In human athletes, ATP production in glycolysis may be as high as 3 μmol/g body weight × s (Newsholme & Leech 1983), and although similar estimations from equine muscle are unavailable, the comparison of the activities of key glycolytic enzymes in equine muscles to those in human muscles [14, 25, 54, 8] indicates that anaerobic ATP production may be equally important in horses. Another product of glycolysis is NADH, which increases the cytosolic NADH/NAD+ ratio, which would rapidly slow down the rate of glycolysis. When the NADH/NAD+ ratio increases, glycolysis switches to the anaerobic mode. Instead of oxidation, pyruvate is reduced to lactate, and simultaneously NADH is oxidized to NAD+, which allows glycolysis to continue at the maximum rate. The need for NADH reoxidation in the cytoplasm means that the formation of lactic acid is essential for anaerobic energy production.

All muscle fibers contain the necessary enzyme lactate dehydrogenase. The activity of lactate dehydrogenase is, however, highest in those fibers that have the lowest volume density of mitochondria and the lowest number of capillaries per fiber area both in horses [31] as well as in other species [38, 20]. In horses these are usually the fast-twitch type IIB fibers [71]. In addition to this, lactate dehydrogenase activity in type IIB fibers is due almost exclusively to the muscle type isoenzyme that favors the reaction towards the formation of lactate, whereas in the slow-twitch fibers the isoenzyme that favors the oxidation of lactate to pyruvate is also present [38, 20]. Recently the activity of lactate dehydrogenase has been demonstrated also in mitochondria, which allows for an intracellular lactate shuttle and suggests that some of the lactate oxidation may occur in these organelles [6].

Effects of lactate on muscle metabolism

Accumulation of lactate in the muscle cells initiates a cascade that eventually leads to fatigue. In horses after intermittent maximal exercise lactate concentrations of the middle gluteal muscle may increase up to 200 mmol/kg dry weight, but in other maximal exercise tests values around 100 mmol/kg dry weight have been reported [64, 60, 72]. Also in exercising human subjects muscle lactate concentrations may reach 100 mmol/kg dry weight [59, 30]. Lactic acid increases the osmotic pressure of the muscle cell, which allows the extracellular water to move into the cell and increase the cell volume [32]. Interestingly, recent studies have suggested that cell volume is one of the major regulators of cell function. Increased volume may have a direct effect on energy metabolism, because swelling has an inhibitory effect on glycogen breakdown [33].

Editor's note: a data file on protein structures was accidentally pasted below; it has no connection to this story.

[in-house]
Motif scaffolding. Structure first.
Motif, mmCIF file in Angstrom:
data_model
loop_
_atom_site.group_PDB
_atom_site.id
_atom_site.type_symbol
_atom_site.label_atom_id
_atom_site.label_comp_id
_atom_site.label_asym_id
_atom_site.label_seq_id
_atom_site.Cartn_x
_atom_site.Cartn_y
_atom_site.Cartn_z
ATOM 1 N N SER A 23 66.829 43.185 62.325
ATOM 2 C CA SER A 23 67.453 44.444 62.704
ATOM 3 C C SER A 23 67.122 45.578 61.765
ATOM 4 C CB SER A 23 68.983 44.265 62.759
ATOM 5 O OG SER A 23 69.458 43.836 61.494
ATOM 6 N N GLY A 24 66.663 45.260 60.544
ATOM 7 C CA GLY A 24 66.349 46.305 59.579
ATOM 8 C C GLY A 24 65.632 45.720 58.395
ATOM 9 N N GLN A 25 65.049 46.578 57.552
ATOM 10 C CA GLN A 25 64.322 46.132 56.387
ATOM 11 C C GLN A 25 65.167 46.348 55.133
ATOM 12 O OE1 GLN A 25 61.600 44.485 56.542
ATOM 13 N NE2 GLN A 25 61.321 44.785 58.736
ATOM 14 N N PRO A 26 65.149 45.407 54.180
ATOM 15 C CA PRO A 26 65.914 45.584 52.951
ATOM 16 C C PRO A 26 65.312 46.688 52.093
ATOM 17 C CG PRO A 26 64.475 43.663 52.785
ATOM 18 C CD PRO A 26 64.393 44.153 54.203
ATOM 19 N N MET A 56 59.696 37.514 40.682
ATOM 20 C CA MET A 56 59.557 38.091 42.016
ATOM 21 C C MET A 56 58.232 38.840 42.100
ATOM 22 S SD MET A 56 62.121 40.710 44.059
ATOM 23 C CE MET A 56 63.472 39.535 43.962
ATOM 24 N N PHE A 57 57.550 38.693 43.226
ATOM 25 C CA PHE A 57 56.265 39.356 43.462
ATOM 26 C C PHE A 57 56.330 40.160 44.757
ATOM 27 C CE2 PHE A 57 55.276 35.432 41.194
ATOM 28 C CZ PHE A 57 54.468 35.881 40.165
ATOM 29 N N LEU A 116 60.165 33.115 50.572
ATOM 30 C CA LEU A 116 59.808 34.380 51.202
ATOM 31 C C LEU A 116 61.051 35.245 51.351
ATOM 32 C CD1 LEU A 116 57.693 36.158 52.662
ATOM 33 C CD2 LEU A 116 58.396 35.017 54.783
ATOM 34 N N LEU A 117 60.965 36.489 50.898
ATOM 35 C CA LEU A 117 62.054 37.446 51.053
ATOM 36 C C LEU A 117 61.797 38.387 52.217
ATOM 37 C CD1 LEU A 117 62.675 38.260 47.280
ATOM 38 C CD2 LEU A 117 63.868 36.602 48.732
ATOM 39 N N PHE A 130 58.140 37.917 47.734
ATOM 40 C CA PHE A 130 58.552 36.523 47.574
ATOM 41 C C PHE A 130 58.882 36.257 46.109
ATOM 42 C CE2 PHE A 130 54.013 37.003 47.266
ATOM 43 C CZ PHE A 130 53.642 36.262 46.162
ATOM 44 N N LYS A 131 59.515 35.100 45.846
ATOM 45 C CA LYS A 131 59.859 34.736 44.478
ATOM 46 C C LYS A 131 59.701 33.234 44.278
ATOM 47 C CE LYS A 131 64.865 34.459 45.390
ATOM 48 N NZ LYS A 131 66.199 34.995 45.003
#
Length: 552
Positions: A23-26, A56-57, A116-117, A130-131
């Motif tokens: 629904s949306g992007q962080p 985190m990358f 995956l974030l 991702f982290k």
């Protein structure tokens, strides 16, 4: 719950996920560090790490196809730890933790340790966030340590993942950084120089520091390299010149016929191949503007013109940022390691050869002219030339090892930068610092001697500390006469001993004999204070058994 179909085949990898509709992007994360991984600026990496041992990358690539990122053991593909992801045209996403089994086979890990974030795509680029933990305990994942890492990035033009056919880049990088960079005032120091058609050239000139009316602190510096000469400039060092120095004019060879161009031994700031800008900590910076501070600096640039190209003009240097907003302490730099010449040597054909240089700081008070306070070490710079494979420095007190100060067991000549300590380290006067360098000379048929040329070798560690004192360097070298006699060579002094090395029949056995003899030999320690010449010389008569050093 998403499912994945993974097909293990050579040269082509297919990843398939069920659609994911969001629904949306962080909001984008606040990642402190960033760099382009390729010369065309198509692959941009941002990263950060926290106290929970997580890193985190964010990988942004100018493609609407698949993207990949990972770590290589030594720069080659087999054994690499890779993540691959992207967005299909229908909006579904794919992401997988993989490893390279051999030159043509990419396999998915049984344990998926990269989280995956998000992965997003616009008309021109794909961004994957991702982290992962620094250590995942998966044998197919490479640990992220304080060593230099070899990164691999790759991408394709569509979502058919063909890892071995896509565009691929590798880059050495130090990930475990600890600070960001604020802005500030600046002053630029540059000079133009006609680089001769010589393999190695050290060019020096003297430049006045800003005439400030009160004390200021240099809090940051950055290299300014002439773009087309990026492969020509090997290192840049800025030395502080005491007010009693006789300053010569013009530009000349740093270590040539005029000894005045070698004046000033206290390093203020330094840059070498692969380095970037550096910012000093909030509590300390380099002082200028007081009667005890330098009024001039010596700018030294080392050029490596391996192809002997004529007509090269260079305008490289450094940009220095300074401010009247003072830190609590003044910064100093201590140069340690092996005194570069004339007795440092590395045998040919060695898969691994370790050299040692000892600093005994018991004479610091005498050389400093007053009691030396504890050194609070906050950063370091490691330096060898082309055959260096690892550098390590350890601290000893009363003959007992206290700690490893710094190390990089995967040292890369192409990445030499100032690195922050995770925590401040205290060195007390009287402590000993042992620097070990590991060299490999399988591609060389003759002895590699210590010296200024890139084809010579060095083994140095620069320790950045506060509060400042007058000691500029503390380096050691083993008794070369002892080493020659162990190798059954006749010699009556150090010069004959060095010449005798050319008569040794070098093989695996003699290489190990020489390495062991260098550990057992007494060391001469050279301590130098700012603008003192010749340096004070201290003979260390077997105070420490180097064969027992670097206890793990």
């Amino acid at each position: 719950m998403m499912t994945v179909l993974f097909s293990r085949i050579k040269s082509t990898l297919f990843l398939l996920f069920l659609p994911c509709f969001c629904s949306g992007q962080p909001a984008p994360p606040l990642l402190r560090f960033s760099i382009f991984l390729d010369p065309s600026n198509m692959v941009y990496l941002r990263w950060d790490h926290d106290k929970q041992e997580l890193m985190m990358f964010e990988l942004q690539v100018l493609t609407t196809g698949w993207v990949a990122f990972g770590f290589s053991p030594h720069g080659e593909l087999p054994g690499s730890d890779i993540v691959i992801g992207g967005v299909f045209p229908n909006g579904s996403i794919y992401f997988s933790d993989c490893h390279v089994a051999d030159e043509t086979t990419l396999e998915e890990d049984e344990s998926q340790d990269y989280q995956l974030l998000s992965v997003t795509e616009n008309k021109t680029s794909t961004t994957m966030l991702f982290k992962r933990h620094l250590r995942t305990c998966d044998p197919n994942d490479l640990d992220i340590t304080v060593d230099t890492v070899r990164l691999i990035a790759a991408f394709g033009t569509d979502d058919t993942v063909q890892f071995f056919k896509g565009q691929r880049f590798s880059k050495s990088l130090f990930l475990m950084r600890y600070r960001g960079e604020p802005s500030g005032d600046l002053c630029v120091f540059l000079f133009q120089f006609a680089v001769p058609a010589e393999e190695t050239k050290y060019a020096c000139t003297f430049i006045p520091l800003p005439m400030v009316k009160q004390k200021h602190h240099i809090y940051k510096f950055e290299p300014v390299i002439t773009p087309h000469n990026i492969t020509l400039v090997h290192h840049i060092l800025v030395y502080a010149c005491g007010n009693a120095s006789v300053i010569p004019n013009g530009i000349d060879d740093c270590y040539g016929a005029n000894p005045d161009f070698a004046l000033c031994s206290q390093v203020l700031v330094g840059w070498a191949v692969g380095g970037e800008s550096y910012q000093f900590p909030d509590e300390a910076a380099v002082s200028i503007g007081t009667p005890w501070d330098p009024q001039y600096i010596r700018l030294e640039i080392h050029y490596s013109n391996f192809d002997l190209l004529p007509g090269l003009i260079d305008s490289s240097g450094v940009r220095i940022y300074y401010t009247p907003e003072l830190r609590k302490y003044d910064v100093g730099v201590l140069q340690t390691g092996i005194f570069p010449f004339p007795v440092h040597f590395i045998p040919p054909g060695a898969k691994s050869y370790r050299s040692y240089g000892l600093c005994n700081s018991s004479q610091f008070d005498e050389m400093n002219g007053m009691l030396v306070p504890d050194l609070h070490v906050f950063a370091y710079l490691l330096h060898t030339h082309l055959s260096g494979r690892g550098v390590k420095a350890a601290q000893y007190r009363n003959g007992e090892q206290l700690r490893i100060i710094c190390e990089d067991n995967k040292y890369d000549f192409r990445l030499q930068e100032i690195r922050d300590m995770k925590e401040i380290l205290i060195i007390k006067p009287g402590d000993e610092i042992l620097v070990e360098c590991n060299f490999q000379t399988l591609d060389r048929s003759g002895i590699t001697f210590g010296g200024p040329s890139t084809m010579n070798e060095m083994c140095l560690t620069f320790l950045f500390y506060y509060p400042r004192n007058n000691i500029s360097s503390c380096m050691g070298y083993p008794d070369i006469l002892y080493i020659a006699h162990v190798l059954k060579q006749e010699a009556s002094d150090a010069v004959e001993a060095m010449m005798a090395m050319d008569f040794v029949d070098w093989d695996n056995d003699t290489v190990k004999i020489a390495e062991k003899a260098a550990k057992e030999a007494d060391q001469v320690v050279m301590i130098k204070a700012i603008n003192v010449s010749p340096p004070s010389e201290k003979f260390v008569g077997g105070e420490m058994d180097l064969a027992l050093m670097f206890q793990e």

Because lactic acid is a relatively strong acid with a pKa-value of 3.86, at cellular pH it will be dissociated into a lactate anion and a proton, both of which have marked effects on metabolism [26]. Acidification of the cell will impair the function both of Ca2+-pumps and of Ca2+-channels on the sarcoplasmic reticulum and thus increase the relaxation time of the muscle sarcomeres [17, 26]. Protons also have a direct effect on the conformation of the myosin ATP-ase which is necessary for contraction [17, 26]. Furthermore, energy production will be slower, because protons inhibit the activity of the rate limiting enzyme of the glycolysis, phosphofructokinase, and also inhibit glycogen phosphorylation [17, 26]. In addition, the lactate anion has an inhibitory effect on the function of sarcomere. Because of all these events, muscles will work less efficiently, i.e., be fatigued (Fig. 2).
Figure 2
Figure 2

Effects of protons and the lactate anion on cell metabolism.

Several mechanisms in the muscle cell operate to prevent acidification and its consequences (Fig 3). The most important of these are buffer capacity and export of lactic acid from the muscle. The pH of the cell is maintained by buffer systems that include bicarbonate, protein, phosphate, and carnosine [58, 23]. The most efficient of these is the bicarbonate system, because it is an open system via the circulation and respiration. Protein content within the cell is high, and proteins function as buffers, as does the dipeptide carnosine. The concentration of the latter is especially high in equine muscles and is concentrated in the type IIB fibers [36, 12] which have the highest glycolytic and the lowest oxidative capacity [70]. Even though the buffer capacity of the trained equine muscle may be 50% higher than in human athletes [18, 40, 61], it is not high enough to prevent acidification. In horses after intense exercise muscle pH may drop to 6.5 to 6.4, while in human subjects the reported values range from 6.2 to 6.9 [34, 24, 29].
Figure 3
Figure 3

Regulation of pH in the muscle cell.

Transport of lactate from muscle